The warning signs, the astonishment of Belshazzar, the inability of the wise men to give counsel, and the advice of the queen.
Unexpectedly and suddenly the wanton mad revelry of the king and his guests was brought to a close amid terror by means of a warning sign. The king saw the finger of a man's hand writing on the plaster of the wall of the festival chamber, and he was so alarmed that his whole body shook. The בּהּ־שׁעתא places the sign in immediate connection with the drinking and the praising of the gods. The translation, in the self-same hour, is already shown to be inadmissible (see under Daniel 3:6). The Kethiv נפקוּ (came forth) is not to be rejected as the indefinite determination of the subject, because the subject follows after it; the Keri נפקה is to be rejected, because, though it suits the gender, it does not in respect of number accord with the subject following. The king does not see the whole hand, but only ידא פּס, the end of the hand, that is, the fingers which write. This immediately awakened the thought that the writing was by a supernatural being, and alarmed the king out of his intoxication. The fingers wrote on the plaster of the wall over against the candlestick which stood on the table at which the king sat, and which reflected its light perceptibly on the white wall opposite, so that the fingers writing could be distinctly seen. The feast had been prolonged into the darkness of the night, and the wall of the chamber was not wainscotted, but only plastered with lime, as such chambers are found in the palaces of Nimrud and Khorsabad covered over only with mortar (cf. Layard's Nineveh and Babylon).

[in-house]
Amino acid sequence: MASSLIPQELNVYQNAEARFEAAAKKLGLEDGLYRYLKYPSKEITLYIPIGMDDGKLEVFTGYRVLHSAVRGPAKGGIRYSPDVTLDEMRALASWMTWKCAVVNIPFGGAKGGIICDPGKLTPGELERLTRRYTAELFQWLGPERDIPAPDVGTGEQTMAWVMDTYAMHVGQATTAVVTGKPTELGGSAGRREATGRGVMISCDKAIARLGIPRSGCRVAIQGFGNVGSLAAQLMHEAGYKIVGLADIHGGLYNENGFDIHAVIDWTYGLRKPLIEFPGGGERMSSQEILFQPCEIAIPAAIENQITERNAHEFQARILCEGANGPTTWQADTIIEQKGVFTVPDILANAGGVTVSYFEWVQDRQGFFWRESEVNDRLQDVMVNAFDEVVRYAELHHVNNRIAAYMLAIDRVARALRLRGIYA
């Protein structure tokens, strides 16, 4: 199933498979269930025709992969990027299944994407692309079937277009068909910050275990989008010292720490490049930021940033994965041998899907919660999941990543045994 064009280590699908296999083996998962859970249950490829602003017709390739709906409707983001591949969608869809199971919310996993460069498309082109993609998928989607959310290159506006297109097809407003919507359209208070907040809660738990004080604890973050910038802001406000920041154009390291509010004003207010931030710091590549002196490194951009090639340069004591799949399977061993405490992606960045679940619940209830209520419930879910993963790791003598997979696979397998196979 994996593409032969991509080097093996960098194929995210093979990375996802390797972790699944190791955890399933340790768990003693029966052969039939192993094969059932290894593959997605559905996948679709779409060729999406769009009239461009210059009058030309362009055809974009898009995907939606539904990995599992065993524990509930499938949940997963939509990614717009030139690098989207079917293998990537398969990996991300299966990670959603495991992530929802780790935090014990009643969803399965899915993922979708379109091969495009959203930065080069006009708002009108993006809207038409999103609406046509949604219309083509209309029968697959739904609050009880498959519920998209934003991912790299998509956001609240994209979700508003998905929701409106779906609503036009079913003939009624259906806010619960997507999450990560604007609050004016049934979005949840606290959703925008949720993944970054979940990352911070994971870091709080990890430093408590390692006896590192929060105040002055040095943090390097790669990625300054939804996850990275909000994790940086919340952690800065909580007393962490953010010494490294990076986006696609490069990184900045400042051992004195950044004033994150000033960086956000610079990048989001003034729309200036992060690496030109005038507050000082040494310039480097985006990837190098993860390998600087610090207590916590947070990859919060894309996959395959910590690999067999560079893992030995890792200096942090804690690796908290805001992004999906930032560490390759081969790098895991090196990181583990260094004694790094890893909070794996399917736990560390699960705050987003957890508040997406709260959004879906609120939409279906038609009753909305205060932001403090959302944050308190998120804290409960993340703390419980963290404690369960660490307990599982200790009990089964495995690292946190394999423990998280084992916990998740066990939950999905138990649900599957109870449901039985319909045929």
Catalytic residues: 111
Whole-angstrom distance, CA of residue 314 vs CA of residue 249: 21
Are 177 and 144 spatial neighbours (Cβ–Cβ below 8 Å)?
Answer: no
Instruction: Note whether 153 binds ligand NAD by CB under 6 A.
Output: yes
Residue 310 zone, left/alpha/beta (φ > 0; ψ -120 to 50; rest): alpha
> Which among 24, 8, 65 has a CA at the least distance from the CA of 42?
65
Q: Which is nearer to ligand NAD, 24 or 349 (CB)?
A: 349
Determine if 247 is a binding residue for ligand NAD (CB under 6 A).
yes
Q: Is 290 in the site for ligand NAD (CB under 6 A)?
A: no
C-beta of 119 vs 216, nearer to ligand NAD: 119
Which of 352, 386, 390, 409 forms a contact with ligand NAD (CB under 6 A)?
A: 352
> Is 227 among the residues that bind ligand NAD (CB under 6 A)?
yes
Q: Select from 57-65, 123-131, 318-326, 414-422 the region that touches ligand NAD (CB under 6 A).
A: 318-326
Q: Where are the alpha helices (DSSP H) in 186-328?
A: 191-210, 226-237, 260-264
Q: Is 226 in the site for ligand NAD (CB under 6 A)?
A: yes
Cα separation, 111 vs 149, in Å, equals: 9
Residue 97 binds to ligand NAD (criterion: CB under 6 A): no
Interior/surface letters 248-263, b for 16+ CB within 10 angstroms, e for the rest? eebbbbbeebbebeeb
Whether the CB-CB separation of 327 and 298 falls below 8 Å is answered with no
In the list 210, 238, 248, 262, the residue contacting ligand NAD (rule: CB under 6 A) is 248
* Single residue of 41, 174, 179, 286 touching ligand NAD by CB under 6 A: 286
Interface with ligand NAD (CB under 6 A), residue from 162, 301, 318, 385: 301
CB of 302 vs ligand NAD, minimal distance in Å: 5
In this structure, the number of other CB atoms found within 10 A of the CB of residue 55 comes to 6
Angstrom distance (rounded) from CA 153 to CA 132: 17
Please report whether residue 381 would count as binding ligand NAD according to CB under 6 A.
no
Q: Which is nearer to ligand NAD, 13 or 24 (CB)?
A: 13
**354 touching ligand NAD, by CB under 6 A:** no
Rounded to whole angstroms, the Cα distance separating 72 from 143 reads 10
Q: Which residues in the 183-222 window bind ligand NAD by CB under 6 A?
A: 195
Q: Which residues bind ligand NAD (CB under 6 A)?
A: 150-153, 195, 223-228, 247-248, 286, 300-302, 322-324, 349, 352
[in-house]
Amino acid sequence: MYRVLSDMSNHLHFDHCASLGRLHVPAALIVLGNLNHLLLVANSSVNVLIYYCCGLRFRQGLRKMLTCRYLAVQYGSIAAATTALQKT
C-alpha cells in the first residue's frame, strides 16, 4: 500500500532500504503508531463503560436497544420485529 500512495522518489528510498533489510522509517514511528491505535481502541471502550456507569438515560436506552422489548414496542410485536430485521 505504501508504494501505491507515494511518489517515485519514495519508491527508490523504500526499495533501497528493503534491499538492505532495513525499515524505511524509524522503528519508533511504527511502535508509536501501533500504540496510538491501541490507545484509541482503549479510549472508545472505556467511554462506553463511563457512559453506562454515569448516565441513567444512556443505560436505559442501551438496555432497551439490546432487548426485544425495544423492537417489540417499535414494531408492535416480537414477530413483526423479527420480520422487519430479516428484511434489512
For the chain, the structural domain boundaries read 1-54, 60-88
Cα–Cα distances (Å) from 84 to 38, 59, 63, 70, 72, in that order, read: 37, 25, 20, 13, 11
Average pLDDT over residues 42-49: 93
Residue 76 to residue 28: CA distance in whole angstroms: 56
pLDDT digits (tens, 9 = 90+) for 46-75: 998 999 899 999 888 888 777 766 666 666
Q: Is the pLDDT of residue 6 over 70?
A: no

Treasury of Scripture Knowledge
from. Daniel, as Bp. Newton observes, was now very far advanced in years; for the third year of Cyrus was the
73rd of his captivity; and being a youth when carried captive, he cannot be supposed to have been less than ninety. Old as he was, he set his heart to understand, the former revelations which had been made to him, and particularly the vision of the ram and he-goat, as may be collected from the sequel; and for this purpose he prayed and fasted three weeks. His fasting and prayers had the desired effect, for and angel was sent to unfold to him those mysteries; and whoever would excel in divine knowledge, must imitate Daniel, and habituate himself to study, temperance, and devotion.
And Cornelius said, "Four days ago, about this hour, I was praying in my house at the ninth hour, and behold, a man stood before me in bright clothing
and said, 'Cornelius, your prayer has been heard and your alms have been remembered before God.
When I saw him, I fell at his feet as though dead. But he laid his right hand on me, saying, "Fear not, I am the first and the last,
It is a Sabbath of solemn rest to you, and you shall afflict yourselves; it is a statute forever.
fear not, for I am with you; be not dismayed, for I am your God; I will strengthen you, I will help you, I will uphold you with my righteous right hand.
Fear not, you worm Jacob, you men of Israel! I am the one who helps you, declares the LORD; your Redeemer is the Holy One of Israel.
Before they call I will answer; while they are yet speaking I will hear.
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ESV Text Edition: 2016. The Holy Bible, English Standard Version® copyright © 2001 by Crossway Bibles, a publishing ministry of Good News Publishers.